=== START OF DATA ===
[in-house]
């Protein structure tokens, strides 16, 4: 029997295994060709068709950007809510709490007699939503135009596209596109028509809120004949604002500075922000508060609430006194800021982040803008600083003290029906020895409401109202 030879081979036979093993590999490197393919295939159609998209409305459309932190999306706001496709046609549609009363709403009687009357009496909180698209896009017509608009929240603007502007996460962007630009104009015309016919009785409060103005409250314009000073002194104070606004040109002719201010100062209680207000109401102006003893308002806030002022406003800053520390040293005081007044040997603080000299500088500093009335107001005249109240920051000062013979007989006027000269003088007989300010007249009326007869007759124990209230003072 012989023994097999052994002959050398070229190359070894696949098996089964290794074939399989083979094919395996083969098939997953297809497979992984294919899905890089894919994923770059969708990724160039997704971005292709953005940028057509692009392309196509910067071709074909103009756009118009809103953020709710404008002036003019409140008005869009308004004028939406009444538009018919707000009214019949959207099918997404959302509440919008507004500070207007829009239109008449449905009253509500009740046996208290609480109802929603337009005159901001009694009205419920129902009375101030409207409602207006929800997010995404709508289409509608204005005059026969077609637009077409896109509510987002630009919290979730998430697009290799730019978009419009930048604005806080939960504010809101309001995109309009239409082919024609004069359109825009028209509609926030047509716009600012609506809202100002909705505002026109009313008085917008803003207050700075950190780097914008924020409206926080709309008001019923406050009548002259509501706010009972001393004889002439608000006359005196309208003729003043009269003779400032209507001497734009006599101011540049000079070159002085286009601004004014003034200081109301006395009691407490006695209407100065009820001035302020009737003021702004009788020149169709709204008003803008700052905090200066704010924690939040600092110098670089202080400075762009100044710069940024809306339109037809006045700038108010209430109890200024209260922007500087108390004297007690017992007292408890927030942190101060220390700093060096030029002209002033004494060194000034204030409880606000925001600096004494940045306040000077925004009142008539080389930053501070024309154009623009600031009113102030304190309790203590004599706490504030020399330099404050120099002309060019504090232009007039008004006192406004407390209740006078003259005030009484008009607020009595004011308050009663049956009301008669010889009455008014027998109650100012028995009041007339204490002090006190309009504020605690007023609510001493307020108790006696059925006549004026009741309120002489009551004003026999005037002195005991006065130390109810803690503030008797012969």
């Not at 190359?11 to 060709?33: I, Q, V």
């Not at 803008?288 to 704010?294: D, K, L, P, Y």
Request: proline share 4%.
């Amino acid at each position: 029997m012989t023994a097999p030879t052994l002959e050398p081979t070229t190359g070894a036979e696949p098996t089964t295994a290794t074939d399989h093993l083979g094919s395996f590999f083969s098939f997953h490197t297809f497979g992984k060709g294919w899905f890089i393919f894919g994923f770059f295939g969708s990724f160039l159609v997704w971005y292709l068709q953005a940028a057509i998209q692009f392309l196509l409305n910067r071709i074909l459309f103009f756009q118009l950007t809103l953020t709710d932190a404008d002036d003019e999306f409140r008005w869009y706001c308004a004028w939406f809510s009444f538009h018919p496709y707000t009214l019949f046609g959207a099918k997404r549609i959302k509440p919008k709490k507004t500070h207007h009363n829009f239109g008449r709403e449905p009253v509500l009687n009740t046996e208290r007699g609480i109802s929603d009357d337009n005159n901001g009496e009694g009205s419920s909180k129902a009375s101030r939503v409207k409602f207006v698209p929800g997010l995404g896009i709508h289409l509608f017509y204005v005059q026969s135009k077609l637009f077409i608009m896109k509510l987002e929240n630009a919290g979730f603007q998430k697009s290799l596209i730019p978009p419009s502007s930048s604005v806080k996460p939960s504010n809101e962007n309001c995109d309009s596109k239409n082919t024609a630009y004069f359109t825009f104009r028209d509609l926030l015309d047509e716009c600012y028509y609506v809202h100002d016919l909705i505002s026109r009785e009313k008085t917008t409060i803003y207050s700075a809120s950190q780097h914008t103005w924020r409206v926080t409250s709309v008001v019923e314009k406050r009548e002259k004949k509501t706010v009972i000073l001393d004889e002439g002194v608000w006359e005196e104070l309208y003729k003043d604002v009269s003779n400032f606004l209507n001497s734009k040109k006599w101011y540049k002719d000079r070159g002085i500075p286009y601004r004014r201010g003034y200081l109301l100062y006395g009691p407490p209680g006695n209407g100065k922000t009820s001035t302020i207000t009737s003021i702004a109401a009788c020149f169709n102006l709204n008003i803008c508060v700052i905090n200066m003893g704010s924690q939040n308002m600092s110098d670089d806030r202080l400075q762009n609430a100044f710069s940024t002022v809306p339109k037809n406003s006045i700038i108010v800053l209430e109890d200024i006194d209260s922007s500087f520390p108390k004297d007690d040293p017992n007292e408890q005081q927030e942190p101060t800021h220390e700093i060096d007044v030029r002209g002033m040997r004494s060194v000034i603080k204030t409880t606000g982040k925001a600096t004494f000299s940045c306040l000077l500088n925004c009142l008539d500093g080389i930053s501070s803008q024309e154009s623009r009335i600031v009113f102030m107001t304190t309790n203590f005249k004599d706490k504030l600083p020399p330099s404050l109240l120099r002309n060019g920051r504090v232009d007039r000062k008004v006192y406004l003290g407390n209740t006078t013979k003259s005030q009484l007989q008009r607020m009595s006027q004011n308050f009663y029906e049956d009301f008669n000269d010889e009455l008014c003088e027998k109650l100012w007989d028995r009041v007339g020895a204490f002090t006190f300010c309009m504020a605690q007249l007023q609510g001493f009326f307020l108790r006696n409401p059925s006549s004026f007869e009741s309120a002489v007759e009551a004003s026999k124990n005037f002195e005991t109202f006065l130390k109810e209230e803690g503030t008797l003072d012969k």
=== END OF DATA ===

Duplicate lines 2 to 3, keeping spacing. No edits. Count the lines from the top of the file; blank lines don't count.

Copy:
């Protein structure tokens, strides 16, 4: 029997295994060709068709950007809510709490007699939503135009596209596109028509809120004949604002500075922000508060609430006194800021982040803008600083003290029906020895409401109202 030879081979036979093993590999490197393919295939159609998209409305459309932190999306706001496709046609549609009363709403009687009357009496909180698209896009017509608009929240603007502007996460962007630009104009015309016919009785409060103005409250314009000073002194104070606004040109002719201010100062209680207000109401102006003893308002806030002022406003800053520390040293005081007044040997603080000299500088500093009335107001005249109240920051000062013979007989006027000269003088007989300010007249009326007869007759124990209230003072 012989023994097999052994002959050398070229190359070894696949098996089964290794074939399989083979094919395996083969098939997953297809497979992984294919899905890089894919994923770059969708990724160039997704971005292709953005940028057509692009392309196509910067071709074909103009756009118009809103953020709710404008002036003019409140008005869009308004004028939406009444538009018919707000009214019949959207099918997404959302509440919008507004500070207007829009239109008449449905009253509500009740046996208290609480109802929603337009005159901001009694009205419920129902009375101030409207409602207006929800997010995404709508289409509608204005005059026969077609637009077409896109509510987002630009919290979730998430697009290799730019978009419009930048604005806080939960504010809101309001995109309009239409082919024609004069359109825009028209509609926030047509716009600012609506809202100002909705505002026109009313008085917008803003207050700075950190780097914008924020409206926080709309008001019923406050009548002259509501706010009972001393004889002439608000006359005196309208003729003043009269003779400032209507001497734009006599101011540049000079070159002085286009601004004014003034200081109301006395009691407490006695209407100065009820001035302020009737003021702004009788020149169709709204008003803008700052905090200066704010924690939040600092110098670089202080400075762009100044710069940024809306339109037809006045700038108010209430109890200024209260922007500087108390004297007690017992007292408890927030942190101060220390700093060096030029002209002033004494060194000034204030409880606000925001600096004494940045306040000077925004009142008539080389930053501070024309154009623009600031009113102030304190309790203590004599706490504030020399330099404050120099002309060019504090232009007039008004006192406004407390209740006078003259005030009484008009607020009595004011308050009663049956009301008669010889009455008014027998109650100012028995009041007339204490002090006190309009504020605690007023609510001493307020108790006696059925006549004026009741309120002489009551004003026999005037002195005991006065130390109810803690503030008797012969």
């Not at 190359?11 to 060709?33: I, Q, V």